Putin Acting against Russian Protests like Nicholas II in 1904 Forgetting What Followed, Eidman Says

2018/5/10 23:45:32

On Facebook, the Russian analyst for Deutsche Welle argues that once again a Russian regime is using “Cossacks with whips and black hundreds activists … to beat students.

 


By Paul Goble for “Window on Eurasia”:

May 6 – Down to the use of Cossacks, Vladimir Putin yesterday copied the kind of methods Nicholas II used against demonstrators in 1904, successfully dispersing the thousands who came out against his regime but entirely forgetting what came next, the collapse of the tsarist system in the revolutions of 1917, Igor Eidman says.

 

On Facebook, the Russian analyst for Deutsche Welle argues that once again a Russian regime is using “Cossacks with whips and black hundreds activists … to beat students. The regime’s guardians with the help of new Azefs are creating imaginary ‘revolutionary’ organizations and then unmasking them” to boost their reputations with the powers that be (facebook.com/permalink.php?story_fbid=1851598108236493&id=100001589654713).

 

Priests “pray for the tsar and call for wiping out sedition,” he continues just as they did more than a century ago.  Journalists in the pay of the powers are again writing whatever the Kremlin wants.  Meanwhile, those near the throne are seizing property in pursuit of their personal enrichment with no thought of what is happening to the country.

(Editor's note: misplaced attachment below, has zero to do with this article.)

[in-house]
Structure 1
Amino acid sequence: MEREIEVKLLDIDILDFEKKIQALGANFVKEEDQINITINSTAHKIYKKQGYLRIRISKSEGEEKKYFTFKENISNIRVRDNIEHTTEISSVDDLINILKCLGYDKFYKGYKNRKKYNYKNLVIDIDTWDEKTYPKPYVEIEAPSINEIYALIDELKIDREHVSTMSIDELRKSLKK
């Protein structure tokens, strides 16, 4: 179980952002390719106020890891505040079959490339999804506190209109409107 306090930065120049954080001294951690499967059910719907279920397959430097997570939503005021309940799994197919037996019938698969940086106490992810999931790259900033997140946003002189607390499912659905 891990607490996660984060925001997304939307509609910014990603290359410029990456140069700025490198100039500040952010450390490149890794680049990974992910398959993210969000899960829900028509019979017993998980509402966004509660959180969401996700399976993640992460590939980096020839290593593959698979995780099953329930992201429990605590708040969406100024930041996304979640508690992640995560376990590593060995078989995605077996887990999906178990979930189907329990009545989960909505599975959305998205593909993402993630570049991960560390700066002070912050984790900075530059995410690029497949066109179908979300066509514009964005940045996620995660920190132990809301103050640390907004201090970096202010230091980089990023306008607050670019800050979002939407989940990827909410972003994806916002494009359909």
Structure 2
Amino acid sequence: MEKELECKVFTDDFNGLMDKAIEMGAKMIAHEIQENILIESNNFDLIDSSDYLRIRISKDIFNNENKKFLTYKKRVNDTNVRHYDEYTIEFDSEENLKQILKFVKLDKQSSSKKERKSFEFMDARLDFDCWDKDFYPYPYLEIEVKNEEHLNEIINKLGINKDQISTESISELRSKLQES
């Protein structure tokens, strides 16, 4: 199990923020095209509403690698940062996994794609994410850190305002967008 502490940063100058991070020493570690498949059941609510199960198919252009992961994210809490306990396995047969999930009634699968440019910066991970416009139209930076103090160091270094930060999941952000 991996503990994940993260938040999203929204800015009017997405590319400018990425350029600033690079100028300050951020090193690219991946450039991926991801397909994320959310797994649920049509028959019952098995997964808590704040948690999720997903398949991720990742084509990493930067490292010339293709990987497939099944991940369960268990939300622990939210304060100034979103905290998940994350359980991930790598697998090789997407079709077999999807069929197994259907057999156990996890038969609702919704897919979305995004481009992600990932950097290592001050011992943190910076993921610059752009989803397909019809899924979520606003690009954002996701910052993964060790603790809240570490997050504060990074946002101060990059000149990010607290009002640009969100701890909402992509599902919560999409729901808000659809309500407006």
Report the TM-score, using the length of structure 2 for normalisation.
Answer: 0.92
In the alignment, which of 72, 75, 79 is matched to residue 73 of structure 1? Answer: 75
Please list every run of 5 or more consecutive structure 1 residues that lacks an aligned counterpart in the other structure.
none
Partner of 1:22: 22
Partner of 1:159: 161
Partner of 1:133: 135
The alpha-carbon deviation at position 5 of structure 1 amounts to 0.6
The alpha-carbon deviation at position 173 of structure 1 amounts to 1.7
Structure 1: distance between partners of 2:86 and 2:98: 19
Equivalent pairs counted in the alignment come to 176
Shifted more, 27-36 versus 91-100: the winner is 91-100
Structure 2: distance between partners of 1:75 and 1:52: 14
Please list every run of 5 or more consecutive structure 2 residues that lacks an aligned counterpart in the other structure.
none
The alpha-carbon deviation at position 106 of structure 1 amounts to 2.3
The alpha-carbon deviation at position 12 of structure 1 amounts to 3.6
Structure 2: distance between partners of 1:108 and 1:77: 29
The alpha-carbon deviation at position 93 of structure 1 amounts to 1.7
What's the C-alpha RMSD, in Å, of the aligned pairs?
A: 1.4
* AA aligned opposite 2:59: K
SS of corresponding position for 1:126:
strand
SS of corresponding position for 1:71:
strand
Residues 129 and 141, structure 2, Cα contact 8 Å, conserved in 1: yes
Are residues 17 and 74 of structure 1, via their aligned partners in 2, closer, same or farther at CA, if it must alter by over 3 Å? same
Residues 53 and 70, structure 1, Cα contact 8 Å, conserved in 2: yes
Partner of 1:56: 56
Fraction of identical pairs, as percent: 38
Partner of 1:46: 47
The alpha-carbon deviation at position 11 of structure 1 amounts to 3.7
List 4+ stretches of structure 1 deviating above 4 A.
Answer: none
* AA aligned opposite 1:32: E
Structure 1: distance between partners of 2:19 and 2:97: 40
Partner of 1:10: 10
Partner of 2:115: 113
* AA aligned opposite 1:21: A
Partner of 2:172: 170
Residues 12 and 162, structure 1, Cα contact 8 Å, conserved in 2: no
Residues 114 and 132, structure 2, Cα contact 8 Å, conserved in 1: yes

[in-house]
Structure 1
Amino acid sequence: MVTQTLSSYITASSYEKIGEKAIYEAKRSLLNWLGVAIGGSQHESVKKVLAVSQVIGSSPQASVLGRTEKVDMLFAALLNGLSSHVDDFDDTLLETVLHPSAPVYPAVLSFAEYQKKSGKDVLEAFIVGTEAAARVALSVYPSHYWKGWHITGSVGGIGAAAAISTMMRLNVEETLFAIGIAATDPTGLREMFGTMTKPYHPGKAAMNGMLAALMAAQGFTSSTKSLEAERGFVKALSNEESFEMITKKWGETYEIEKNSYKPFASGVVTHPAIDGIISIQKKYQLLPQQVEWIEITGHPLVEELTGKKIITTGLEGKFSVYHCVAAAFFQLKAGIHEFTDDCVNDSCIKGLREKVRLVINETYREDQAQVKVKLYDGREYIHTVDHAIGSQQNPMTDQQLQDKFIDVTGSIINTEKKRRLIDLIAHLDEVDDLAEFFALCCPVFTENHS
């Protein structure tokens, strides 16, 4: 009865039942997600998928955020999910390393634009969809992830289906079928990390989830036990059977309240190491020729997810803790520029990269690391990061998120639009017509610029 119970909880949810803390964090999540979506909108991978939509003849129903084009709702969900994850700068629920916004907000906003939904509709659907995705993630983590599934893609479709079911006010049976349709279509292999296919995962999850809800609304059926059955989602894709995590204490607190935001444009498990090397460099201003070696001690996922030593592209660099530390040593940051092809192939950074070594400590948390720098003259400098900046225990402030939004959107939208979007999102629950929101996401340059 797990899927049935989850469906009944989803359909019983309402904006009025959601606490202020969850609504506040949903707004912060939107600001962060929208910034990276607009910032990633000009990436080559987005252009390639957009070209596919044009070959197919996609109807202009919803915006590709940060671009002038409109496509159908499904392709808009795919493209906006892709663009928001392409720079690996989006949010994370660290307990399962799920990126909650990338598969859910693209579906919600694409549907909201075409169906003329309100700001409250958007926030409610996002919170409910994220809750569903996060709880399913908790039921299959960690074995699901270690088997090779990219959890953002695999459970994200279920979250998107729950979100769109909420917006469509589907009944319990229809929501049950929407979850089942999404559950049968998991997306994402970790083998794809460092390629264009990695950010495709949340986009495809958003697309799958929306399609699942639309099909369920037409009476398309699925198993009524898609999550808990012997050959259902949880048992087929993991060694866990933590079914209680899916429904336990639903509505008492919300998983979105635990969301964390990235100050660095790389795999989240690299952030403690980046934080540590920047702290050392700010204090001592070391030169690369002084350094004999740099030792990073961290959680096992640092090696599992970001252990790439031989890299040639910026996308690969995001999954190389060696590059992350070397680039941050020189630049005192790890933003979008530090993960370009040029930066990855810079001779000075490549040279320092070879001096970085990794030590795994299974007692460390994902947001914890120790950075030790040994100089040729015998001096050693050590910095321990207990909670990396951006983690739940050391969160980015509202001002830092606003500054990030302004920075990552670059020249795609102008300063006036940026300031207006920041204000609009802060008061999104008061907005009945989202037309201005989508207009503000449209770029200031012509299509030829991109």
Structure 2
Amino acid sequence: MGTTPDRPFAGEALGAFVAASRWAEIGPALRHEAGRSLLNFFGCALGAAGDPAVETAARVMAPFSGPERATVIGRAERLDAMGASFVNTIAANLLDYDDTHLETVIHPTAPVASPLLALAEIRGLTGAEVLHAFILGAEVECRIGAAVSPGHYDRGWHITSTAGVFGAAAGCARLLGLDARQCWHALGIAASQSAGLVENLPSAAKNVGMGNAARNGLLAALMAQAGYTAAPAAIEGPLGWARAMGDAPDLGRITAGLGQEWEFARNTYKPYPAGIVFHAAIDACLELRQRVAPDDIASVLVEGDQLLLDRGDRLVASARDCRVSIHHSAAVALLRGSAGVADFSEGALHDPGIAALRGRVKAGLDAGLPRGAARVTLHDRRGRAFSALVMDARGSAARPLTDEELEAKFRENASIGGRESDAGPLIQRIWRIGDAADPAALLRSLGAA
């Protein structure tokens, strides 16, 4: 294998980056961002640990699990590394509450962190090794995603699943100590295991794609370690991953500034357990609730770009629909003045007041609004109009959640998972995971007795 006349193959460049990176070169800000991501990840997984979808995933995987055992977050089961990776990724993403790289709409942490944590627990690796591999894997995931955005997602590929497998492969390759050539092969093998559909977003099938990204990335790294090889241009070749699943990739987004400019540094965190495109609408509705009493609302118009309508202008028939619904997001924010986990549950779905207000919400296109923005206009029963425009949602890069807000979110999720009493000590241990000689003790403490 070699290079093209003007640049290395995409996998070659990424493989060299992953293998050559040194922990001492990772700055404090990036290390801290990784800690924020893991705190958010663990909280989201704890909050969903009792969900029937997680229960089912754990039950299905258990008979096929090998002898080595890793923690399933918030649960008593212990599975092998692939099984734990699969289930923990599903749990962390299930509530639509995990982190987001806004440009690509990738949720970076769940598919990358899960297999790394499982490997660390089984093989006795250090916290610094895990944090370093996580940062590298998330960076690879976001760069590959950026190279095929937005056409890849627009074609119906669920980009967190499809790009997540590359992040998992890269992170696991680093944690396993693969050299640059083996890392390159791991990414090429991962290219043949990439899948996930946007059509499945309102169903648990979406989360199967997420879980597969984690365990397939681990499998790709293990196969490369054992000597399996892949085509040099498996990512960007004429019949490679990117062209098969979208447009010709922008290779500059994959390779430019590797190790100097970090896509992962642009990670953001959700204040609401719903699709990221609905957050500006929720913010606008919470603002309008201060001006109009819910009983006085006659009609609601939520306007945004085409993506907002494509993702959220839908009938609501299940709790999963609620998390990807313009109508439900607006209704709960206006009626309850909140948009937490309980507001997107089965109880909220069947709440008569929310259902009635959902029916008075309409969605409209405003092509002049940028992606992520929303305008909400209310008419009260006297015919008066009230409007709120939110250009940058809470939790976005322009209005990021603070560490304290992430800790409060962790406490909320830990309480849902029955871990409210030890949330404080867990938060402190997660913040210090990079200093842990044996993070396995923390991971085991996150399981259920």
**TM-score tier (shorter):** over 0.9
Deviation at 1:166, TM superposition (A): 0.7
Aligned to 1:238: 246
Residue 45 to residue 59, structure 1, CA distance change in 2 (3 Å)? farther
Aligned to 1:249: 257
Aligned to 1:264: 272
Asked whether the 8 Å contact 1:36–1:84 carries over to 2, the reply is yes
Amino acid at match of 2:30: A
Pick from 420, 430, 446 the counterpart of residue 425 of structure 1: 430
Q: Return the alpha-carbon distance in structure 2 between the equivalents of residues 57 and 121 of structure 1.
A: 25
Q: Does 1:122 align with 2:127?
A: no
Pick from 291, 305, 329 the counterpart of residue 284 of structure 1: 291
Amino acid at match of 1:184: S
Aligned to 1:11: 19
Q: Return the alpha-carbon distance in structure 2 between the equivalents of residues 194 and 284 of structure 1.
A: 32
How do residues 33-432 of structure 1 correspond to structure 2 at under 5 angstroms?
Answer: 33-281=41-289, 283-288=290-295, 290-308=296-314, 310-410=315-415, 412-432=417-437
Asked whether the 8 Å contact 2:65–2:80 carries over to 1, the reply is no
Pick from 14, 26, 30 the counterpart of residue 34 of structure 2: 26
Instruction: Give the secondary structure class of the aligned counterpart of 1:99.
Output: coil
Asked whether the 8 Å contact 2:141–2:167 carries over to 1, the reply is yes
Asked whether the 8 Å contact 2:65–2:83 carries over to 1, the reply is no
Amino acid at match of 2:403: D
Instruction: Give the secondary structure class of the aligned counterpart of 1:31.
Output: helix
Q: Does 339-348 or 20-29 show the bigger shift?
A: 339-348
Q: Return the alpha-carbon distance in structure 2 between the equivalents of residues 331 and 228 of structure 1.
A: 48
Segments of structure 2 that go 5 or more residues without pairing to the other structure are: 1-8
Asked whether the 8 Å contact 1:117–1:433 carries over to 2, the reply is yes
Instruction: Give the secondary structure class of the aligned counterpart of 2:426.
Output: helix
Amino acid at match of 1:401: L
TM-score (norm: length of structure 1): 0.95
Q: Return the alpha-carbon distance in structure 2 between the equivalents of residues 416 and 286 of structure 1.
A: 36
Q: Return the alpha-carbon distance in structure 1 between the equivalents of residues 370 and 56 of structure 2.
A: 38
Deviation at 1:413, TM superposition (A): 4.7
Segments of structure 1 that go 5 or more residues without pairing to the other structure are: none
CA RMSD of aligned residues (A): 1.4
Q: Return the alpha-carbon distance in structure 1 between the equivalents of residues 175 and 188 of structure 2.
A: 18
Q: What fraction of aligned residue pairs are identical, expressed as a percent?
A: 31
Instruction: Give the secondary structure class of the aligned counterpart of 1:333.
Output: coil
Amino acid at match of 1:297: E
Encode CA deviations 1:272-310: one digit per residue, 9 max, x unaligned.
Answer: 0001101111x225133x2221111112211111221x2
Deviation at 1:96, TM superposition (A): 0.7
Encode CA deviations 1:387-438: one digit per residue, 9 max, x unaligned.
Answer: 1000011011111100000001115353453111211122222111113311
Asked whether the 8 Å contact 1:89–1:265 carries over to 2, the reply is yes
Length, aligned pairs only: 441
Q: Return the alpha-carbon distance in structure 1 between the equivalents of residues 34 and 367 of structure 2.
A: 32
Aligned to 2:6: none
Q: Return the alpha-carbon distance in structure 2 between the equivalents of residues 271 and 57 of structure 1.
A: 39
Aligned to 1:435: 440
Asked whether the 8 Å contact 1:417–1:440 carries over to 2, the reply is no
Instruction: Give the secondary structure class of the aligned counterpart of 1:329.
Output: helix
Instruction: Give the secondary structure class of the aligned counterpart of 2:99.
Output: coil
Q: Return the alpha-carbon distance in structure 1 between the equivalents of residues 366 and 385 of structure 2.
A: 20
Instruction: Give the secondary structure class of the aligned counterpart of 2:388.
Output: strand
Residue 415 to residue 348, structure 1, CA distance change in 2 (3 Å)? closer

And “the country is being drawn into a senseless and dangerous colonial war, this time not in the Far but in the Near East.”  Thus, Eidman says, “the Russian authorities in large measure have returned the system to what it was in 1904, forgetting that 1905 and then 1917 followed. They have revived the worst traditions” of defending those in power.

 

The question now is: will the Russian opposition today “revive the revolutionary traditions of the Russian liberation movement” of the times of the last tsar given that that Russia now is forced to live under another one?

 

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The commentary above is from Paul Goble’s “Window on Eurasia” series and appears here with the author’s permission. Contact Goble at: paul.goble@gmail.com

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